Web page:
News: Flynt: The Sequel?

The notorious porn publisher rolls back into town for another episode of Cincinnati vs. Larry Flynt

 
Jon Hughes/photopresse.com


Jury selection in the case against Larry Flynt and his brother Jimmy—who are accused of selling harmful material to a juvenile—began May 10.



They are two patient punk rockers. Sitting on the Hamilton County Courthouse steps, bathed in the summerlike sun, Jason Staley and his friend Shaggy wait for Larry Flynt.

They've brought signs in his defense. They hope to shake his hand. On May 10, the start of a second obscenity trial of Hustler publisher Flynt and his brother Jimmy, the site of the notorious 1977 obscenity trial that first gained the brothers national attention, Jason and Shaggy clearly have chosen their sides

"I don't think it's right that they are trying to run Larry out of town," says Jason, holding up his "Free Larry Flynt" sign for all to see. "They just don't want the Hustler shop next to the Aronoff Center and all that yuppie crap."

While Shaggy's Elvis watch plays "Love Me Tender," both buddies prepare their sound bites, ready for whatever camera crews are willing to put them on film.

"Larry needs to run for mayor," Shaggy says. "With all the new powers the mayor's going to have, can you imagine the things he could do?"

It is a subdued circus that's surrounded the courthouse for Flynt: The Sequel — Day One.

The singing cowboy, a man strumming his guitar dressed only in black cotton briefs and a cowboy hat, gains the most notice. His support for the Flynt brothers seems sincere. Although it's apparent the cowboy really is interested in gaining some free TV publicity.

It's the start of what one local TV station already has dubbed "The People vs. Larry Flynt 2." And it's apparent that all it takes to get some news coverage is an early morning serenade on the courthouse steps in one's underwear.

Inside, on the courthouse's third floor, beyond a corner-storelike shingle that reads: Judge Patrick T. Dinkelacker, the flash of photographers' bulbs light up the Flynt boys with a paparazzi fury. Under the ornate courtroom's gold and white ceiling, brothers Larry and Jimmy look like choir boys off to Sunday services. They clean up so well. Larry is a poster boy for old boy's club elegance. A dark banker's striped suit. A blue silk tie.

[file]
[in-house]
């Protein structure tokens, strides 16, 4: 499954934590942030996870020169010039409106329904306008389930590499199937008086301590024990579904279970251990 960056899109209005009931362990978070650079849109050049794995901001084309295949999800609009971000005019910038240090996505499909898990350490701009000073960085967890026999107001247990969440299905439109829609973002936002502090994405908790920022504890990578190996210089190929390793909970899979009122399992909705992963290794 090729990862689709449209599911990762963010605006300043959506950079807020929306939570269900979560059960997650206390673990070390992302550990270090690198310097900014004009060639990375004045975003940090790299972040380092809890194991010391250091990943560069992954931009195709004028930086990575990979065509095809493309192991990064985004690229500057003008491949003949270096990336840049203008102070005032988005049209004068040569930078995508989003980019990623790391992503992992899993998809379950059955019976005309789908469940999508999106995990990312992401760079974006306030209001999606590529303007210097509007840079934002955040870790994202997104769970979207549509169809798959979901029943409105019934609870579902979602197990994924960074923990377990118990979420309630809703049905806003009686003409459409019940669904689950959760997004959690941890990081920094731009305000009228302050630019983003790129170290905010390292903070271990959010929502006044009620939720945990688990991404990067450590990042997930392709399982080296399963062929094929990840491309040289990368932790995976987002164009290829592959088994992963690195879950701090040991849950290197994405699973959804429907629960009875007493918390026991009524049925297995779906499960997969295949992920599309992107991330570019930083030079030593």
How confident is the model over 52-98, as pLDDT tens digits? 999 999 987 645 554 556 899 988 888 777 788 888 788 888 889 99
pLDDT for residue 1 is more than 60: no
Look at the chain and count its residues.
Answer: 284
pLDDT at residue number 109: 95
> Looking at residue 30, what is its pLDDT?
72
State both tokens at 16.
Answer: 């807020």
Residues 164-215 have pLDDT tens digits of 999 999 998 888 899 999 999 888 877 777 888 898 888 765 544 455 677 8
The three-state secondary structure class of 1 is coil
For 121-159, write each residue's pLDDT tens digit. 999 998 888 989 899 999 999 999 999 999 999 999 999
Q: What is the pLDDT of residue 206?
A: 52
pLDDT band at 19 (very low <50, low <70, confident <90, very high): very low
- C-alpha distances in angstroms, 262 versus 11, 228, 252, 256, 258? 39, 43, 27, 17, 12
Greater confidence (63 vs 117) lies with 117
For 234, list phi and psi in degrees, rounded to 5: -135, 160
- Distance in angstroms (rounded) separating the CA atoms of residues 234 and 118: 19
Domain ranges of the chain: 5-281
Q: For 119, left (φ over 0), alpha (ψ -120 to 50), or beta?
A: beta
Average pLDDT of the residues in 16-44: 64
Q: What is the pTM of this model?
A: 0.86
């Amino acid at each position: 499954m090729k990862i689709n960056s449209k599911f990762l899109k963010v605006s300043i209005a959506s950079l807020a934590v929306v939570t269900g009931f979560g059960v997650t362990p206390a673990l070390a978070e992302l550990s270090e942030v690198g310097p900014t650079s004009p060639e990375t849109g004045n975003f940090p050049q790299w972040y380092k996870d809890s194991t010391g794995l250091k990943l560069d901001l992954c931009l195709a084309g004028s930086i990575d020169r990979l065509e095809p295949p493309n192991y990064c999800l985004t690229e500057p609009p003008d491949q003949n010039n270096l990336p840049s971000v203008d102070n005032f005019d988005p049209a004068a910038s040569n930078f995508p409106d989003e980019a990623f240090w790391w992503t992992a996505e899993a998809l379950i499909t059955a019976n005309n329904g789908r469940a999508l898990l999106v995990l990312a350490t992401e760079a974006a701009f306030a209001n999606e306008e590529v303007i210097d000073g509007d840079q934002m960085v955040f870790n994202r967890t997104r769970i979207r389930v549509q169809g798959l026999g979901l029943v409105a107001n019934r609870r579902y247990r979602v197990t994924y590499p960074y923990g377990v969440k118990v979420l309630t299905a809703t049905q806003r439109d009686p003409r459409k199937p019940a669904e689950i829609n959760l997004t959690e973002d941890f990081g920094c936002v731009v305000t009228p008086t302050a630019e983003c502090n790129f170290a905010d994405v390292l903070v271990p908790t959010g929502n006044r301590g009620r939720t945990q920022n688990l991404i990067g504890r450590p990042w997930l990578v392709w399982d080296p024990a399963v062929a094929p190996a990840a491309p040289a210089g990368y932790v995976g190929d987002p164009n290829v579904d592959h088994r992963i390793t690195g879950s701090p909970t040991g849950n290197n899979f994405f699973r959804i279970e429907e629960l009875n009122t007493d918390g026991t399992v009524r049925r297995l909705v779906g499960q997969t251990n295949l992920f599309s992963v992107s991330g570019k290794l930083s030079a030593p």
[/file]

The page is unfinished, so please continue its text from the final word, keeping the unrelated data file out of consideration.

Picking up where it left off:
His brother Jimmy struggles to play fashion catch-up. Jimmy is the type of luggish Joe that would make the most expensive designer duds appear wrinkled. Cinched around his thick neck, a floral tie punctuates the room's Queen City club atmosphere with a splash of tawdry color.

For now, room 370 is more chapel than courtroom. An endless murmur of quiet whispers among a posse of dark Merino wool. Man-of-the-hour Dinkelacker explains the day's agenda: jury selection.

Flynt and his brother Jimmy, manager of Hustler Books Magazines & Gifts, are charged with 15 counts of obscenity and corruption, including selling harmful materials to a juvenile.

But before the lucky (or not so lucky depending on who you ask) jury pool of 65 people file into the room, the flash of the photographers' bulbs go non-stop. It's the type of media glare that's bound to become a familiar sight. Ready or not, Larry Flynt is back in town, arriving late May 8 for an extended stay, expected to last six weeks.

In a city where the only local celebrities are TV news anchors and the most tawdry news bits belong to those same news anchors who weave across Interstate 275 with drunken abandon, Larry Flynt's return makes it clear just how little excitement there is in Cincinnati.

For now, the tribe of photographers, a blur of sport shirts and beer bellies, keep circling their targets. Five boys with their expensive toys whirling around Flynt in a spirited dervish. Flynt's gold wheelchair shines, even its tires look freshly washed.

And for Larry himself? Well, he always seems to spring to life under the glare of media attention. Flynt — he of the pinkish flesh, jug ears and close cropped red hair — is flesh-and-blood character. He is a man-sized little boy with the face of some Archie comic-strip character, perched atop a wheelchair-bound man's body.

Facing the media crowd of pencil pushers, picture takers and notepad carriers, Dinkelacker asserts his authority. It seems that there is a space problem. No room for the reporters — at least not all of them. So tables and chairs have been gathered outside the courtroom doors in the hallway. Only the city's two daily newspapers and a Court TV correspondent are allowed inside the courtroom during jury questioning. At the start of the trial, seats are first come, first served.